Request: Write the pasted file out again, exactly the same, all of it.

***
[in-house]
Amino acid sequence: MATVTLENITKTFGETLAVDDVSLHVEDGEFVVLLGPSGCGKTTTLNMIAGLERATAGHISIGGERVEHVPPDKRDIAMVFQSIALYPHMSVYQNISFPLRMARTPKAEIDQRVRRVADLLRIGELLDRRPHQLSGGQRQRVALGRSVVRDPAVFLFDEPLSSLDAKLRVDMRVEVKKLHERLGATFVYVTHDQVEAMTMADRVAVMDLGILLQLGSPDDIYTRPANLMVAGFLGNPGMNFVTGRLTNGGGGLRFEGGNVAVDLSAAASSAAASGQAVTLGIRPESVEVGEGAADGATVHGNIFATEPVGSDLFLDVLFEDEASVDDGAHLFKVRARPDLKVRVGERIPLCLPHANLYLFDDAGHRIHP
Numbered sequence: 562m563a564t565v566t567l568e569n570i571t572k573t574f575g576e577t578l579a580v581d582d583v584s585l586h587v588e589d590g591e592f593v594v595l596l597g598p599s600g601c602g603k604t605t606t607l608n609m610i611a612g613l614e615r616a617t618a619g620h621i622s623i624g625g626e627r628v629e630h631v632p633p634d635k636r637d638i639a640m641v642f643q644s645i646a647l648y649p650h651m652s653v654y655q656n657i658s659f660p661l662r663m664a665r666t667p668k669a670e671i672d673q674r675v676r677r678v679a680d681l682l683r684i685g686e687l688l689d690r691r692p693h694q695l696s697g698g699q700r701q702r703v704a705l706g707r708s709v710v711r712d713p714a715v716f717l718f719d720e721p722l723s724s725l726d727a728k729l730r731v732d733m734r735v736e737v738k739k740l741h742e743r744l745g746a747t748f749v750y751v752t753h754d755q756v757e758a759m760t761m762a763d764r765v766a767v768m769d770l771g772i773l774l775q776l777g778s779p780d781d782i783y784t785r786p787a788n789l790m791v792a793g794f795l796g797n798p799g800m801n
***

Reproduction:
[in-house]
Amino acid sequence: MATVTLENITKTFGETLAVDDVSLHVEDGEFVVLLGPSGCGKTTTLNMIAGLERATAGHISIGGERVEHVPPDKRDIAMVFQSIALYPHMSVYQNISFPLRMARTPKAEIDQRVRRVADLLRIGELLDRRPHQLSGGQRQRVALGRSVVRDPAVFLFDEPLSSLDAKLRVDMRVEVKKLHERLGATFVYVTHDQVEAMTMADRVAVMDLGILLQLGSPDDIYTRPANLMVAGFLGNPGMNFVTGRLTNGGGGLRFEGGNVAVDLSAAASSAAASGQAVTLGIRPESVEVGEGAADGATVHGNIFATEPVGSDLFLDVLFEDEASVDDGAHLFKVRARPDLKVRVGERIPLCLPHANLYLFDDAGHRIHP
Numbered sequence: 562m563a564t565v566t567l568e569n570i571t572k573t574f575g576e577t578l579a580v581d582d583v584s585l586h587v588e589d590g591e592f593v594v595l596l597g598p599s600g601c602g603k604t605t606t607l608n609m610i611a612g613l614e615r616a617t618a619g620h621i622s623i624g625g626e627r628v629e630h631v632p633p634d635k636r637d638i639a640m641v642f643q644s645i646a647l648y649p650h651m652s653v654y655q656n657i658s659f660p661l662r663m664a665r666t667p668k669a670e671i672d673q674r675v676r677r678v679a680d681l682l683r684i685g686e687l688l689d690r691r692p693h694q695l696s697g698g699q700r701q702r703v704a705l706g707r708s709v710v711r712d713p714a715v716f717l718f719d720e721p722l723s724s725l726d727a728k729l730r731v732d733m734r735v736e737v738k739k740l741h742e743r744l745g746a747t748f749v750y751v752t753h754d755q756v757e758a759m760t761m762a763d764r765v766a767v768m769d770l771g772i773l774l775q776l777g778s779p780d781d782i783y784t785r786p787a788n789l790m791v792a793g794f795l796g797n798p799g800m801n